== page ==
Category Archives: Project Announcements

Posts about projects I’m working on: new updates, announcements, etc.

Introducing download-sweeper

One of the biggest issues on any system of mine is the cluttering of the Downloads folder. In the modern Internet age, we download a ton of files. Checking right now, the contents of my Downloads folder sum to about 15GB in filesize. Although that probably isn’t too much of an issue given the cheapness of storage today, it remains troublesome when hand-searching through the files.

When I only ran Windows, I used Cyber-D’s Autodelete to delete my old downloads. This worked perfectly for me, except for the fact that sometimes it would delete files that I forgot that I wanted. But with Windows, I could always find those files in the recycle bin.

Fast forward several years, and I now run Linux as my primary operating system. Without doing much research to see if a program already existed, I drafted a “spec” for download-sweeper, a program that would delete old files in the Downloads directory, but also allow the user a “grace period” where they could still recover old Download files if they were removed.

Sure, this could probably be created in less than 100 lines of C, but I was looking to create a robust and portable solution that would allow me to quickly make changes if I needed to. Thus, I created a clean (~350 lines) Python solution that would do just that.

Further, when integrated with systemd, everything works perfectly. I currently have the application deployed on my Laptop, my Desktop, and on the webserver that’s running this blog. Of course, there aren’t any downloads on the webserver, so I use it to act as a “virus/malware quarantining tool”.

You can view the project on its GitHub page, here:

Announcing SourceGetter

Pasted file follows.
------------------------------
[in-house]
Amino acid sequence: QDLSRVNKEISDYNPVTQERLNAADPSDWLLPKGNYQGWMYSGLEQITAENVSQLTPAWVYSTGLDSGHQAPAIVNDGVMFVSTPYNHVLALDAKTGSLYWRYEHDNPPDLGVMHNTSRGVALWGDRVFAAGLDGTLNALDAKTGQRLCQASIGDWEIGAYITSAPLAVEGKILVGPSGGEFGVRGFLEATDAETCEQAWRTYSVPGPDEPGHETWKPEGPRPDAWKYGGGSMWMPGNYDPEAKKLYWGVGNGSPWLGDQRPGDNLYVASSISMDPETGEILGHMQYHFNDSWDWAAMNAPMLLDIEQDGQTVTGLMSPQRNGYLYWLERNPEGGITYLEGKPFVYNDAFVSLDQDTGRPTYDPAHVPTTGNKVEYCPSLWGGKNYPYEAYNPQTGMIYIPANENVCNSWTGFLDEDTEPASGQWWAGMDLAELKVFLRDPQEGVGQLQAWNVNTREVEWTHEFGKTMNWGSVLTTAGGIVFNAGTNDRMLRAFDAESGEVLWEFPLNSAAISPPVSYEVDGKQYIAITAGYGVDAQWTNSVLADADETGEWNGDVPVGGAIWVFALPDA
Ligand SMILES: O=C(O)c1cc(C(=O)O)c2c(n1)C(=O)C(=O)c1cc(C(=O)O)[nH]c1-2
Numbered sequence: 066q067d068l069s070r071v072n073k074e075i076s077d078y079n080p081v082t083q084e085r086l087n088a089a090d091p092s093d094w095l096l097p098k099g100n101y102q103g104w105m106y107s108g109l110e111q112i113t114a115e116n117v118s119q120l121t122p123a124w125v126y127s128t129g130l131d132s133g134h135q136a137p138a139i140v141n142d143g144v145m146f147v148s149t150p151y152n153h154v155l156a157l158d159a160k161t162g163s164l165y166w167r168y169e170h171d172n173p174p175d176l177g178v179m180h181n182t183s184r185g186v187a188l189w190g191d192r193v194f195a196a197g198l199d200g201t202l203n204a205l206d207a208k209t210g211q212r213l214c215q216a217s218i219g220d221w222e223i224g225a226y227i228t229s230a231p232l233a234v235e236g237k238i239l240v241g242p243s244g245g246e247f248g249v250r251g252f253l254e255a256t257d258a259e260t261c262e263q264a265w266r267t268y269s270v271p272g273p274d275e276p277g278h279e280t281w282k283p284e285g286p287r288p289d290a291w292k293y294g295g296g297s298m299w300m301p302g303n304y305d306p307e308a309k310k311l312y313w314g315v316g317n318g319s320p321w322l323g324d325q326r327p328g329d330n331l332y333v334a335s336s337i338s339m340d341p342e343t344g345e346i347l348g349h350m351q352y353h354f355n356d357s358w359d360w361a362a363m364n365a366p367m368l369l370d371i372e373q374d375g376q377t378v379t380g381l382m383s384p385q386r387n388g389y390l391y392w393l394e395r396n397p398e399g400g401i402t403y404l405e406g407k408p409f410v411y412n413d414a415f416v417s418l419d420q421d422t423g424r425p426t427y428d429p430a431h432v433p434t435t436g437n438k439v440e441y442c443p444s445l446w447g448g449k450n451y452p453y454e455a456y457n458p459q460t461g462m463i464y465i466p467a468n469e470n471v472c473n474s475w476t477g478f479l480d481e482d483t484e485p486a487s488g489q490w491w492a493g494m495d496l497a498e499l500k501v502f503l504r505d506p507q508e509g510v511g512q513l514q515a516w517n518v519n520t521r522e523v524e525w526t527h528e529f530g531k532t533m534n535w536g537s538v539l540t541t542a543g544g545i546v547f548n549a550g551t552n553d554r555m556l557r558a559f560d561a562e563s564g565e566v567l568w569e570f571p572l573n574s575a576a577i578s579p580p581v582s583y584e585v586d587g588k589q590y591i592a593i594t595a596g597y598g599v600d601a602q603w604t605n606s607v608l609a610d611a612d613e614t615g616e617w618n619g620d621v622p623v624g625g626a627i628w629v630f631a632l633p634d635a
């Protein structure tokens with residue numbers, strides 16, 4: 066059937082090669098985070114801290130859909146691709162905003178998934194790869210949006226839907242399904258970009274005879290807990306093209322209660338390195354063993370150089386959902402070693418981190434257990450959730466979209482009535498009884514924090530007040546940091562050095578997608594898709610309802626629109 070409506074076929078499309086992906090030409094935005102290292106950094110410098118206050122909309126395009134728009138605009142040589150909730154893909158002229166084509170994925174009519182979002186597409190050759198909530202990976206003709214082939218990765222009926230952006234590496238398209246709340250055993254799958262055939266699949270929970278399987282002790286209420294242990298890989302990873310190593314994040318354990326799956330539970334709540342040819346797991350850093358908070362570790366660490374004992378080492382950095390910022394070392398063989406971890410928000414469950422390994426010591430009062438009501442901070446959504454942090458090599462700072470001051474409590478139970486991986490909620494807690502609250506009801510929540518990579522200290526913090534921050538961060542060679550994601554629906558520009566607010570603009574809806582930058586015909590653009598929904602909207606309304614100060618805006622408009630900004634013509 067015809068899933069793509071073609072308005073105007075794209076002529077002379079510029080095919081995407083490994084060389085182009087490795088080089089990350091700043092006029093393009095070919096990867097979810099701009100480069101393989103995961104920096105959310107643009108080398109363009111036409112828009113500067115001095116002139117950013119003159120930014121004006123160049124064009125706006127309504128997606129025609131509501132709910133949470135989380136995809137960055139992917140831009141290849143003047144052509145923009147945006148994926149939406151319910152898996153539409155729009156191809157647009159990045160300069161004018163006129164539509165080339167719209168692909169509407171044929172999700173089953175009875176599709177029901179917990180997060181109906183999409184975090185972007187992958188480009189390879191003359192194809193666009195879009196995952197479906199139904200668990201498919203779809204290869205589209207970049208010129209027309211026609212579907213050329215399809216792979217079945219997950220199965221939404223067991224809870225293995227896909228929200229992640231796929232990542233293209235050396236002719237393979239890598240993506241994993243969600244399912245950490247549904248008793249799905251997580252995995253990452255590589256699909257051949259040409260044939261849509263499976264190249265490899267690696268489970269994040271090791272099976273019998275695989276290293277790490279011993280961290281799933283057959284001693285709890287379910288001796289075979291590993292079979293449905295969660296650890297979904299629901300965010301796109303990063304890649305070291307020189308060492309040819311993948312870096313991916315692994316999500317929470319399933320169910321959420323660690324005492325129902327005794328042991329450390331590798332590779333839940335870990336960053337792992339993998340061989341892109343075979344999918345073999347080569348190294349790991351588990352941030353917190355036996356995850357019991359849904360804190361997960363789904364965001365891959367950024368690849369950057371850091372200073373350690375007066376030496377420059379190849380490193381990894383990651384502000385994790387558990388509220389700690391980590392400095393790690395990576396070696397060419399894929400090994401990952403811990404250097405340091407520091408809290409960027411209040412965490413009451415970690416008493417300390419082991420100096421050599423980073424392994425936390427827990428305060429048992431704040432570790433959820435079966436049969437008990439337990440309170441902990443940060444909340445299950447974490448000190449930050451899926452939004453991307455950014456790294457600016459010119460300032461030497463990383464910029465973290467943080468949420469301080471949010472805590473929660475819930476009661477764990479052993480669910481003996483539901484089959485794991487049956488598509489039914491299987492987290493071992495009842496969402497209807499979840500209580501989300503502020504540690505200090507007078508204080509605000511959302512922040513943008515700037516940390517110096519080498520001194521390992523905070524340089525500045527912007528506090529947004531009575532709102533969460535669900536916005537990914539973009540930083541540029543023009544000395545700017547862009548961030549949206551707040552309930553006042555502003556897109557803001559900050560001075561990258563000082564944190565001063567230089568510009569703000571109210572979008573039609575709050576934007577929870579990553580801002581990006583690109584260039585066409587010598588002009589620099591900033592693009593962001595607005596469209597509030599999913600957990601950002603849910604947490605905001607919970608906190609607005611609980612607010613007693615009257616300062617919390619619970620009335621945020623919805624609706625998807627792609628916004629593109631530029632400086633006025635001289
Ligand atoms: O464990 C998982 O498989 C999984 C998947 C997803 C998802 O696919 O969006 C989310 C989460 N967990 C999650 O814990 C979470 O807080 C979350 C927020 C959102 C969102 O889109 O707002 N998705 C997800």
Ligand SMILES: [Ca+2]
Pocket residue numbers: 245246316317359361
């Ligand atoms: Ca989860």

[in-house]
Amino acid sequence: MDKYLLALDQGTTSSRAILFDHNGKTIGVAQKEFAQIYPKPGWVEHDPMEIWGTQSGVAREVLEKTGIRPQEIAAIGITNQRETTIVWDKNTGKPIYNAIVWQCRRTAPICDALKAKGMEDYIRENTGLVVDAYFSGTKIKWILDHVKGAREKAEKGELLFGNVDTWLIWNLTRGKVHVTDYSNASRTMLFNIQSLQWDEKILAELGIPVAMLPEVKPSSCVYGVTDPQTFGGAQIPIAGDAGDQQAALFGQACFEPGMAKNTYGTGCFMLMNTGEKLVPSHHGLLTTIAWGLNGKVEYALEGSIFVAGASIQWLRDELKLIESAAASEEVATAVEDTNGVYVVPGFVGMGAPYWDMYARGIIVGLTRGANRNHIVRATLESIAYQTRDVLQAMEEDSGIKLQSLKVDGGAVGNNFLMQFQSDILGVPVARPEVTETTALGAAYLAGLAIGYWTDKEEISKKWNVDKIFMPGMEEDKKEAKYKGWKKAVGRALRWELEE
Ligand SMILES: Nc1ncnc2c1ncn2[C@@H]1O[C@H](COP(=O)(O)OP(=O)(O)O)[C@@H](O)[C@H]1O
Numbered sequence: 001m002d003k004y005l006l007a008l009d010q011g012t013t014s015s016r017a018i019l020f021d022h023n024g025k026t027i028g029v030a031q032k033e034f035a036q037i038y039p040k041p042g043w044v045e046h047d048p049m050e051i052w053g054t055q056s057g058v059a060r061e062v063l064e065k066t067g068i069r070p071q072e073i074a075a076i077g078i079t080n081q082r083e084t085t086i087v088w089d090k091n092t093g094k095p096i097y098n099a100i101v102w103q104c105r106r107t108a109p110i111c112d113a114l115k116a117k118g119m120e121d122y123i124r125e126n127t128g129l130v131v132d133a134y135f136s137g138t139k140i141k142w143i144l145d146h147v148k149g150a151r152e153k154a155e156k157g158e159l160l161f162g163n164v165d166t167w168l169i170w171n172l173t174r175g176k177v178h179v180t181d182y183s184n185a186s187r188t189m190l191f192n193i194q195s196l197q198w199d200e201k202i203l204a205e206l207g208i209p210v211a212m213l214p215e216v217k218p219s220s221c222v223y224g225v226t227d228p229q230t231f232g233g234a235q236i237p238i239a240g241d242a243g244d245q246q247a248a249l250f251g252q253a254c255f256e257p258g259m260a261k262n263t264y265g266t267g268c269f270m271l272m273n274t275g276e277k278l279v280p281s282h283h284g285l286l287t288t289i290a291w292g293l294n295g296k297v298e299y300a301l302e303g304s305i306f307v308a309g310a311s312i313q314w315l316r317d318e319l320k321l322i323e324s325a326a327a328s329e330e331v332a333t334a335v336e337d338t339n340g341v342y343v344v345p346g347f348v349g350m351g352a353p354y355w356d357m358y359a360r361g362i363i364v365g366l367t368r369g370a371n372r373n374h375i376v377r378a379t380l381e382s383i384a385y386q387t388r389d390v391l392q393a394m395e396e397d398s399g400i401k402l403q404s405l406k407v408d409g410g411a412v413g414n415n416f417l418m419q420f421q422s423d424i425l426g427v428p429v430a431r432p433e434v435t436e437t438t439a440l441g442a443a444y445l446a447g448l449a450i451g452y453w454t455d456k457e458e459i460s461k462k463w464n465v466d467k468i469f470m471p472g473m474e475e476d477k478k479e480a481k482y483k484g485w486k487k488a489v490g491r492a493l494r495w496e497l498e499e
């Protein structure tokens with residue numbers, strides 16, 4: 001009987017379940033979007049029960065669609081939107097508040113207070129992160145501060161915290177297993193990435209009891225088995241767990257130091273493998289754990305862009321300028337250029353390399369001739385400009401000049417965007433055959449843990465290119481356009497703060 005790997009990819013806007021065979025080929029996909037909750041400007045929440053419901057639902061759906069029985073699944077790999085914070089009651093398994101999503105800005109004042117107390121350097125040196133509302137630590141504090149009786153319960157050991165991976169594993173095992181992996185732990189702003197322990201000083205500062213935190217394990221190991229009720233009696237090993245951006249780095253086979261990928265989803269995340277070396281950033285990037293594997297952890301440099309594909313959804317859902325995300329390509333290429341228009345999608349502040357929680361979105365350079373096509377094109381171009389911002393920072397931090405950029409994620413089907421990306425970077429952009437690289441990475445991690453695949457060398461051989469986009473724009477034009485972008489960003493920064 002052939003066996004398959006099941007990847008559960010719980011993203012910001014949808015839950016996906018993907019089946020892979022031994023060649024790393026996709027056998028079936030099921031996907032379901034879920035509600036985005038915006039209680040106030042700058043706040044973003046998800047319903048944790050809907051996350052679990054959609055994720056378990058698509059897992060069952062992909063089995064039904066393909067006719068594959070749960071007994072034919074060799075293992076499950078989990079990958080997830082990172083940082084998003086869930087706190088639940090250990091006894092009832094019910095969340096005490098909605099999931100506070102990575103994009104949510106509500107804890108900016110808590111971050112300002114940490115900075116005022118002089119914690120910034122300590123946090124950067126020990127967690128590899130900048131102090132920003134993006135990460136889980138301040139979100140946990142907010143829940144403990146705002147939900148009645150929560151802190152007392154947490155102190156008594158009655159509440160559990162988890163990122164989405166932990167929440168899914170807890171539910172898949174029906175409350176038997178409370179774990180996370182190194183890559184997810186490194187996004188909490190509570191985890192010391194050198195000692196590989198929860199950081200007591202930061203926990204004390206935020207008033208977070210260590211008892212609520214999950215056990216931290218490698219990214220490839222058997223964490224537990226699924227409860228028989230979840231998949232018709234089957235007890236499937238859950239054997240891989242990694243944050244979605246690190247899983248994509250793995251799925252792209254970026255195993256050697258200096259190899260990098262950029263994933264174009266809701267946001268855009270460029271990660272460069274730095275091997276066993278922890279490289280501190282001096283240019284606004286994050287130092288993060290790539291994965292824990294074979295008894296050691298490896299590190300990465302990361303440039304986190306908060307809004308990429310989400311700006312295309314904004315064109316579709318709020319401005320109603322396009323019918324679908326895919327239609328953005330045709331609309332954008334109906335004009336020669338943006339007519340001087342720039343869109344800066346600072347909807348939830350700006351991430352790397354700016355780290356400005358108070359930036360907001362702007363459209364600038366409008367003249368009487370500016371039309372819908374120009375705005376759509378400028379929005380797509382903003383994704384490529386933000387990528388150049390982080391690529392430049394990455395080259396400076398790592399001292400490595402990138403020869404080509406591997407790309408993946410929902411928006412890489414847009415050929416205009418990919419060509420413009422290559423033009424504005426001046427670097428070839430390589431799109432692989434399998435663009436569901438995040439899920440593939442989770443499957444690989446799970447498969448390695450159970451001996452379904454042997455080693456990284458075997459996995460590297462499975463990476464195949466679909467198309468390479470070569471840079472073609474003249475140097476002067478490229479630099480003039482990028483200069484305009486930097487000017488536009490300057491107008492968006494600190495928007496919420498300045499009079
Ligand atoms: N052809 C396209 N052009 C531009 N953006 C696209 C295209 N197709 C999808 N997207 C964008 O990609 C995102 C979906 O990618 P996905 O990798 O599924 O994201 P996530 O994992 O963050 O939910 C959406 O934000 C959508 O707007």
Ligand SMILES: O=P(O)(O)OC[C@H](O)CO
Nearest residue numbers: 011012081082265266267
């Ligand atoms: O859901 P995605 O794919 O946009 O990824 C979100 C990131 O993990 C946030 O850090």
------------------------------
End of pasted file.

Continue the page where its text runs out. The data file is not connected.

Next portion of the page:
Recently during University of California, San Diego’s quarterly Beginner’s Programming Competition, it was asked whether we could automate the scoring process. That is, we hand out balloons to contestants that complete a certain number of problems. Using hackerrank as our competition management solution, we wanted to know if there was a way to get the scores of people from the hackerrank leaderboard. Hackerrank, having an outdated and incomplete API, was perfect for web scraping.

Basically, web scraping is useful whenever you need information from a webpage, but they do not have an official way to access that information. So, a script is created that acts like a normal user browsing the web and “scrapes” information from the webpage. Usually, this is not a problem – send an HTTP GET request to a webpage with a utility like cURL and then parse the returned source code.

The problem lies when the website is written using a dynamic-rendering language, such as Javascript. Tools like cURL do not wait for the page to render and just return the static content that would always be displayed. This is where SourceGetter comes into play.

SourceGetter is a simple node servlet running PhantomJS that renders a URL passed via a URL parameter and returns the rendered source code. Thus, if you simply use cURL through the SourceGetter servlet, you will get the rendered code.

In order to use it, take a look at the following examples:

Getting the source code of

Getting the source code of

Basically, the servlet runs on port 3000 of this website,, and thus all HTTP GET requests need to be sent through here. Don’t worry, we’re not tracking any of your data. Everything is serve-and-forget. Here is a bit of useful information:


Getting the rendered source code of a URL


Getting the rendered source code of a URL under HTTPS

Putting a “+” in front of the URL indicates that you want the web page to be summoned under the HTTPS protocol.

Getting the rendered source code of a web-page with slashes

Simply replace the slashes with “+” signs.



Getting the rendered source for


Getting the rendered source for



Hopefully you enjoy this product. If you have any questions or comments, please ask!